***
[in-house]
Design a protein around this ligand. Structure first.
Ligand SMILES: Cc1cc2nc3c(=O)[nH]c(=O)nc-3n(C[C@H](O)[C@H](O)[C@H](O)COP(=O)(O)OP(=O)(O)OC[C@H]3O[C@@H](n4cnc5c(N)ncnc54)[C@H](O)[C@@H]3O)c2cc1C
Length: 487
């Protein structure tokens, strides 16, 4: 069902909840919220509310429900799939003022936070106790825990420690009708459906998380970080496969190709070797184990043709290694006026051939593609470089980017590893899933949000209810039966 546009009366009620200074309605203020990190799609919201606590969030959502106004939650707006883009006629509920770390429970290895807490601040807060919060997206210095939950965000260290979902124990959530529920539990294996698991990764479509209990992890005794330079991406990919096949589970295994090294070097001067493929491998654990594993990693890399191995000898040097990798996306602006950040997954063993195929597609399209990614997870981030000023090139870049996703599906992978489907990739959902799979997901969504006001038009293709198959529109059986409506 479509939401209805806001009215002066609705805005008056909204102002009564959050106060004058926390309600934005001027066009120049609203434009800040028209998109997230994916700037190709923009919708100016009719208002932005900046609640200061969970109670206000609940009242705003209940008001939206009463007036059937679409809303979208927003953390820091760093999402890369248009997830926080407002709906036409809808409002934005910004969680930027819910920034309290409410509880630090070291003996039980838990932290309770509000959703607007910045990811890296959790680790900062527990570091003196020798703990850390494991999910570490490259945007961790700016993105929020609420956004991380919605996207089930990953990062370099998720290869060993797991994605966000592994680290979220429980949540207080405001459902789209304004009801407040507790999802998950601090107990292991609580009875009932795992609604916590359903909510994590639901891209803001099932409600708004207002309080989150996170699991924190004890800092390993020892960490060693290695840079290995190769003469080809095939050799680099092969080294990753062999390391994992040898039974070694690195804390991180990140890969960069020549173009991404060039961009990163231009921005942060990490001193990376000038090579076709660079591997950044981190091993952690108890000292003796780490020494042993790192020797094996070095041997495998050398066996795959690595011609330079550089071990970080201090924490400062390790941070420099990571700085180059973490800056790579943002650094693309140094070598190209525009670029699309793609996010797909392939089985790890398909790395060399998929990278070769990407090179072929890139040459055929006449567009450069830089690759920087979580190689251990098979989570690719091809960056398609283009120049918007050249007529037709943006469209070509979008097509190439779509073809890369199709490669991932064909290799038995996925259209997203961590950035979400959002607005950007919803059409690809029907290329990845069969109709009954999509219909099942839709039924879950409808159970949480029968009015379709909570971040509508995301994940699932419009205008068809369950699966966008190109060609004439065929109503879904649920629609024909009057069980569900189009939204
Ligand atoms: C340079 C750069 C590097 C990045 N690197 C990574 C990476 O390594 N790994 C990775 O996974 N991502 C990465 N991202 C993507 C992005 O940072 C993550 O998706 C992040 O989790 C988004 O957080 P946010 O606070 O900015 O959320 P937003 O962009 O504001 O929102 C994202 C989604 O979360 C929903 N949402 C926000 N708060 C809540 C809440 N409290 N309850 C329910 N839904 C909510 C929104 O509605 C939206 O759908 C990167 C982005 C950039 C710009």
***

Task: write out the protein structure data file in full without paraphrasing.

[in-house]
Design a protein around this ligand. Structure first.
Ligand SMILES: Cc1cc2nc3c(=O)[nH]c(=O)nc-3n(C[C@H](O)[C@H](O)[C@H](O)COP(=O)(O)OP(=O)(O)OC[C@H]3O[C@@H](n4cnc5c(N)ncnc54)[C@H](O)[C@@H]3O)c2cc1C
Length: 487
């Protein structure tokens, strides 16, 4: 069902909840919220509310429900799939003022936070106790825990420690009708459906998380970080496969190709070797184990043709290694006026051939593609470089980017590893899933949000209810039966 546009009366009620200074309605203020990190799609919201606590969030959502106004939650707006883009006629509920770390429970290895807490601040807060919060997206210095939950965000260290979902124990959530529920539990294996698991990764479509209990992890005794330079991406990919096949589970295994090294070097001067493929491998654990594993990693890399191995000898040097990798996306602006950040997954063993195929597609399209990614997870981030000023090139870049996703599906992978489907990739959902799979997901969504006001038009293709198959529109059986409506 479509939401209805806001009215002066609705805005008056909204102002009564959050106060004058926390309600934005001027066009120049609203434009800040028209998109997230994916700037190709923009919708100016009719208002932005900046609640200061969970109670206000609940009242705003209940008001939206009463007036059937679409809303979208927003953390820091760093999402890369248009997830926080407002709906036409809808409002934005910004969680930027819910920034309290409410509880630090070291003996039980838990932290309770509000959703607007910045990811890296959790680790900062527990570091003196020798703990850390494991999910570490490259945007961790700016993105929020609420956004991380919605996207089930990953990062370099998720290869060993797991994605966000592994680290979220429980949540207080405001459902789209304004009801407040507790999802998950601090107990292991609580009875009932795992609604916590359903909510994590639901891209803001099932409600708004207002309080989150996170699991924190004890800092390993020892960490060693290695840079290995190769003469080809095939050799680099092969080294990753062999390391994992040898039974070694690195804390991180990140890969960069020549173009991404060039961009990163231009921005942060990490001193990376000038090579076709660079591997950044981190091993952690108890000292003796780490020494042993790192020797094996070095041997495998050398066996795959690595011609330079550089071990970080201090924490400062390790941070420099990571700085180059973490800056790579943002650094693309140094070598190209525009670029699309793609996010797909392939089985790890398909790395060399998929990278070769990407090179072929890139040459055929006449567009450069830089690759920087979580190689251990098979989570690719091809960056398609283009120049918007050249007529037709943006469209070509979008097509190439779509073809890369199709490669991932064909290799038995996925259209997203961590950035979400959002607005950007919803059409690809029907290329990845069969109709009954999509219909099942839709039924879950409808159970949480029968009015379709909570971040509508995301994940699932419009205008068809369950699966966008190109060609004439065929109503879904649920629609024909009057069980569900189009939204
Ligand atoms: C340079 C750069 C590097 C990045 N690197 C990574 C990476 O390594 N790994 C990775 O996974 N991502 C990465 N991202 C993507 C992005 O940072 C993550 O998706 C992040 O989790 C988004 O957080 P946010 O606070 O900015 O959320 P937003 O962009 O504001 O929102 C994202 C989604 O979360 C929903 N949402 C926000 N708060 C809540 C809440 N409290 N309850 C329910 N839904 C909510 C929104 O509605 C939206 O759908 C990167 C982005 C950039 C710009």